It seems unlikely that the repeal of net neutrality regulations will lead to meaningful increased competition, considering that a handful of corporations dominate internet service. Even more unnerving is the possibility of strict limitations on the content that we can view and the websites that we can use. If paid prioritization takes effect, and it is much faster and easier to access larger, more prominent companies online that can afford to pay for faster service, there are several dangerous implications for both consumers and small businesses. Limiting consumers’ access to websites of startups, small businesses, and small, independent news sources strips them of their consumer choice and their ability to stay informed.

Impact on Startups and Small Businesses

Furthermore, the absence of net neutrality could be detrimental to startups, which rely heavily on the internet to promote their products and gain a following. It is unlikely that startups will be able to compete with larger, more well-known businesses if internet service providers decide to start charging websites for service. Contrary to its supposed intention, the elimination of net neutrality will hamper innovation and competition.

While the idea of paying more for internet service is unappealing to most people, the most concerning aspect of deregulating the internet is the absence of information and choice that will affect all of us. Thanks to the open internet, we have been able to view the information we want from a plethora of sources. Without the open internet, we will see whatever the largest few ISPs, such as Comcast and AT&T, want us to see. While other sources of information, such as newspapers, do exist and are important, they do not reach everyone to the extent that the Internet does.

The Internet allows us to both access and shares the most recent information in seconds. It provides a connection among peers and between citizens and government. Without the open Internet, a restriction of freedom exists. However, there is still hope for net neutrality. Democratic Senator Chuck Schumer (New York) has suggested that he will force a Congressional vote on net neutrality by using the Congressional Review Act (CRA). It is likely that there will also be multiple lawsuits against the FCC. Now, during these essential first moments, is the time to be proactive in order to preserve net neutrality.


Does the iPhone X’s Face ID Put Your Privacy at Risk?

With current technology, we are left with almost nothing to wish for. A decade ago, the services available to us now would be unfathomable. Today, you can have groceries, a professional massage, or a latte delivered to your door in minutes just by using your smartphone.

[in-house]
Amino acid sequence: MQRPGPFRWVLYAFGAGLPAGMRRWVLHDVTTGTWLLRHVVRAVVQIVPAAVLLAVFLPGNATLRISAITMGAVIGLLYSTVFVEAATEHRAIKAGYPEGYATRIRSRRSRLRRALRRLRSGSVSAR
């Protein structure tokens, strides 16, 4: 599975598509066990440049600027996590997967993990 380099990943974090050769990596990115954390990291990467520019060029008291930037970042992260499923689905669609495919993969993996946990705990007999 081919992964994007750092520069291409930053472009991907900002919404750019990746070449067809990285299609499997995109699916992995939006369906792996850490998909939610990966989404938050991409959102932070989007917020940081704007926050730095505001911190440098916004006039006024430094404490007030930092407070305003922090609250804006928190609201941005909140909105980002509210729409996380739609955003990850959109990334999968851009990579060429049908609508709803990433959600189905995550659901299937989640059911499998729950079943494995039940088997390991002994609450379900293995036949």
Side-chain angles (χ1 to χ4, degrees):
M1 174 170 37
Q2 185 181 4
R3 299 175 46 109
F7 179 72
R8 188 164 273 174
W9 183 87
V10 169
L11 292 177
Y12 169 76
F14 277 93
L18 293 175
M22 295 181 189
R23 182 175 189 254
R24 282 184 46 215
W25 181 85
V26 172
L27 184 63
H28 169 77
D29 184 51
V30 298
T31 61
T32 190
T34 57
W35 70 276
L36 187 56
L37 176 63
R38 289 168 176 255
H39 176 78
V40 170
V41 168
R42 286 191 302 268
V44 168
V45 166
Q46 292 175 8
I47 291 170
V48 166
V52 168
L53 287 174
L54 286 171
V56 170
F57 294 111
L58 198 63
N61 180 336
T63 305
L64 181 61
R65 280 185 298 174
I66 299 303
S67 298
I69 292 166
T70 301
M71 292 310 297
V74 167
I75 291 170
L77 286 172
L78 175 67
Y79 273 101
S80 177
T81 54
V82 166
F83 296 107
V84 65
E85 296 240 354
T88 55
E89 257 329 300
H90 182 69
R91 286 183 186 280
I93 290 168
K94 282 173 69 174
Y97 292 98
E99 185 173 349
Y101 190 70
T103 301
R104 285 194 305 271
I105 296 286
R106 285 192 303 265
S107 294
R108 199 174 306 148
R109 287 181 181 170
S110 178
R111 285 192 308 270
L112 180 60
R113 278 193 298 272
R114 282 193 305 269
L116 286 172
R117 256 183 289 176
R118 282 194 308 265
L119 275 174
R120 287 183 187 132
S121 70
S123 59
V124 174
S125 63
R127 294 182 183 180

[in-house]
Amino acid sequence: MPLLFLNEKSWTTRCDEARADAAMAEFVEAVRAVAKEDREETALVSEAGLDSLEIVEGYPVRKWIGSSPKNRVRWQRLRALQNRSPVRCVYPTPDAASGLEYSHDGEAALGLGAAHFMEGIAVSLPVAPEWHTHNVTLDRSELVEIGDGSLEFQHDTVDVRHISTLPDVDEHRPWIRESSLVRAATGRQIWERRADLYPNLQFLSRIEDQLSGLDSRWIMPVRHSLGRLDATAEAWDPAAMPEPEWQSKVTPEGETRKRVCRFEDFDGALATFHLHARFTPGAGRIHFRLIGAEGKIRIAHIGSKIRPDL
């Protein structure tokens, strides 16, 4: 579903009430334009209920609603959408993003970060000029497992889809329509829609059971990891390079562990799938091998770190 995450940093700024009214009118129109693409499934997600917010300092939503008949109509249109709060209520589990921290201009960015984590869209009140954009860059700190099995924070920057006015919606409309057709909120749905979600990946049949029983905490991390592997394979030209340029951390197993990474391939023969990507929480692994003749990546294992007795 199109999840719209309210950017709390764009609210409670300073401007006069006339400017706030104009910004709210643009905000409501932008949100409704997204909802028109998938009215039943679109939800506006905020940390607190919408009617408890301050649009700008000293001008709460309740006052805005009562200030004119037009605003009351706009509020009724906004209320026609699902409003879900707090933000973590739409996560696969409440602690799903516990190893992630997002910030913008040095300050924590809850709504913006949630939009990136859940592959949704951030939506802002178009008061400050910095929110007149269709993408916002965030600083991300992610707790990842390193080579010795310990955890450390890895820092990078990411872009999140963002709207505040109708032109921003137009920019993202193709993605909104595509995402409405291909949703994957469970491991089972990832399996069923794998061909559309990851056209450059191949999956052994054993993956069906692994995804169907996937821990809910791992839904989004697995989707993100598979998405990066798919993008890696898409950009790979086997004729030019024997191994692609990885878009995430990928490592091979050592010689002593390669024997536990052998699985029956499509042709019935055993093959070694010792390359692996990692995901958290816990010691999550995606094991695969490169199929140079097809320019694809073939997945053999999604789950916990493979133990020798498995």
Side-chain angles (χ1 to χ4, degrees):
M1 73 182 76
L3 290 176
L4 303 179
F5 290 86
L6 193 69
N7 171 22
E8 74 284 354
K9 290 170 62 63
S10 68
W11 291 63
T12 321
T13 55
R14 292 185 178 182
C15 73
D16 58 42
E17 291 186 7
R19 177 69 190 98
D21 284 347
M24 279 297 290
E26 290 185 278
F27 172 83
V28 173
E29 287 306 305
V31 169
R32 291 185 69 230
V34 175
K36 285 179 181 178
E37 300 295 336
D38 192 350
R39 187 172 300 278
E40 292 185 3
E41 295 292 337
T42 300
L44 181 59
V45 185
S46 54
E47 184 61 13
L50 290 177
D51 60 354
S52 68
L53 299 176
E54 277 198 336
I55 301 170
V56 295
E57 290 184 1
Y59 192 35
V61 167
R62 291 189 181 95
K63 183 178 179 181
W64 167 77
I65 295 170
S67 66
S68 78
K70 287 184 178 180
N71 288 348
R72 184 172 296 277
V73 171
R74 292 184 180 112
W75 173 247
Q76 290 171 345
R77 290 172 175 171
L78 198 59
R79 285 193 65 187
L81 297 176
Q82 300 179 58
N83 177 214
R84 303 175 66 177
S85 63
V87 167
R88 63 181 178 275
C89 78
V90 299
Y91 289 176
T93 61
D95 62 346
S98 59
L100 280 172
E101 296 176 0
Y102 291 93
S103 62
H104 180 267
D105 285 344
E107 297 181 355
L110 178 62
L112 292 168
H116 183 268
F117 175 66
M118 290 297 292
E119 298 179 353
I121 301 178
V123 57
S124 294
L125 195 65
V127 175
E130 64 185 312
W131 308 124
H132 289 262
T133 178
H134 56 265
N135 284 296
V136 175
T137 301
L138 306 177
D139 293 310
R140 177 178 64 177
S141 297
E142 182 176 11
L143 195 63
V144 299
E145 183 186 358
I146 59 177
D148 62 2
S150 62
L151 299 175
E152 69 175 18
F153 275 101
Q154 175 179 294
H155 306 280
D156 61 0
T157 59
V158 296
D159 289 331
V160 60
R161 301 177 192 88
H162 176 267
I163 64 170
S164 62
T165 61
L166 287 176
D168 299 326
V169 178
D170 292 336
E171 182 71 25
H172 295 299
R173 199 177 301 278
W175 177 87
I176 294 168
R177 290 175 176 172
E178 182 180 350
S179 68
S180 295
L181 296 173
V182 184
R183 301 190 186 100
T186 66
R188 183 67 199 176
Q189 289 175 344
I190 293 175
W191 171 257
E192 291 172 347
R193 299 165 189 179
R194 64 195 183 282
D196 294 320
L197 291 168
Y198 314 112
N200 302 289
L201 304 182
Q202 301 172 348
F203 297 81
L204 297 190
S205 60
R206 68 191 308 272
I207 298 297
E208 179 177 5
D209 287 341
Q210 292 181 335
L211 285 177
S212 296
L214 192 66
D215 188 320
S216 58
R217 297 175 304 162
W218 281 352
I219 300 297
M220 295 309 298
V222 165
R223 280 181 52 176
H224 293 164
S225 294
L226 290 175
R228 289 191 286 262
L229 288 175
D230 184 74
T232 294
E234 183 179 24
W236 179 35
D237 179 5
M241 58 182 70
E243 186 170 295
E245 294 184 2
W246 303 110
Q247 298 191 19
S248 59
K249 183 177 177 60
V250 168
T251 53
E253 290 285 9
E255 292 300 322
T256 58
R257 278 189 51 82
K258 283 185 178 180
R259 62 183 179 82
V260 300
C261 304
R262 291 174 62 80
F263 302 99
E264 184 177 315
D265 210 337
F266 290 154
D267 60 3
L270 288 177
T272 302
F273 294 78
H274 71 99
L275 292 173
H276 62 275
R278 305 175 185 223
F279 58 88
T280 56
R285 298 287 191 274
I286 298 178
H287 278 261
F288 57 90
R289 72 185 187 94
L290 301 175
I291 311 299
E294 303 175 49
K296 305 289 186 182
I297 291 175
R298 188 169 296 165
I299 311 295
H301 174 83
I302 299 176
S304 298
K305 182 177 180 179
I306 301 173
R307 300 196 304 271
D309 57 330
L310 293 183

Smart Phone Revolution

With the release of the iPhone X, facial recognition software has become a popular topic of discussion. On Apple’s website, the features are described as “some of the most sophisticated technology we’ve ever developed,” including “cameras and sensors that enable Face ID.” However, the continuous development of this type of technology, is accompanied by privacy concerns. Making us wonder if unlocking our phones so easily is really worth it.

Facial recognition in the Samsung Galaxy 8 can be easily manipulated with a photo of the phone’s owner.  Apple claims that such a breach of privacy is not possible with the iPhone X.

The iPhone X’s “True Depth Camera” works by analyzing 30,000 individual points on your face, creating both a facial map and an in-depth image of your face. Apple assures users that facial data for unlocking the iPhone X will only be stored in the phone itself. Yet, thousands of third-party app developers can access to some of this facial data. 

Sharing data with app developers is not alone enough to unlock a phone. Privacy activists though are wary of granting access to something as intimate as your face, to thousands of people.

Concerns about people unlocking your phone or being forced to unlock your phone under duress of law enforcement or an abusive partner are legitimate. There is always the possibility that another person could force you to reveal your four-digit passcode. New technologies  like Face ID and Touch ID  now just make it more feasible.

Case Law

Until there is more case law regarding Face ID, we won’t know its exact legal implications. However, a judging from a recent Minnesota case, technology such as Face ID and Touch ID cannot protect your phone from law enforcement. The case, State vs. Diamond, ruled that, when a court has issued a warrant allowing police to search a phone, a suspect can be compelled to unlock his phone with his fingerprint. Fingerprints, unlike passcodes, are not protected by the Fifth Amendment right against self-incrimination. 

The court reason that being compelled with a warrant to unlock a phone via Touch ID is similar to being compelled to give a blood sample, and does not require a person to reveal any knowledge that could be considered self-incriminating.

Facial recognition technology is not limited to the iPhone X. Experiments utilize it in order to attempt to reduce airport lines, prevent voter fraud, and provide better quality CCTV. As technology continues to develop, we need to weigh the costs of losing privacy against convenience and accessibility.


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Small Business Advertisement Regulations

What is the FTC?

The FTC (Federal Trade Commission) is the United States highest form of business regulation. The primary focus of the FTC is to protect consumers first and foremost, as well as maintain competition and try to prevent monopolies. The FTC focuses on both large corporations as well as small businesses.

How does it regulate businesses?

When focusing on small businesses, the FTC heavily relies on determining if an advertisement is deceptive. Something is deceptive if it is something that can specifically mislead a consumer that is acting reasonably. Another large factor is if the deceptive claims are material, meaning it is important to a consumer’s decision to buy or use a product.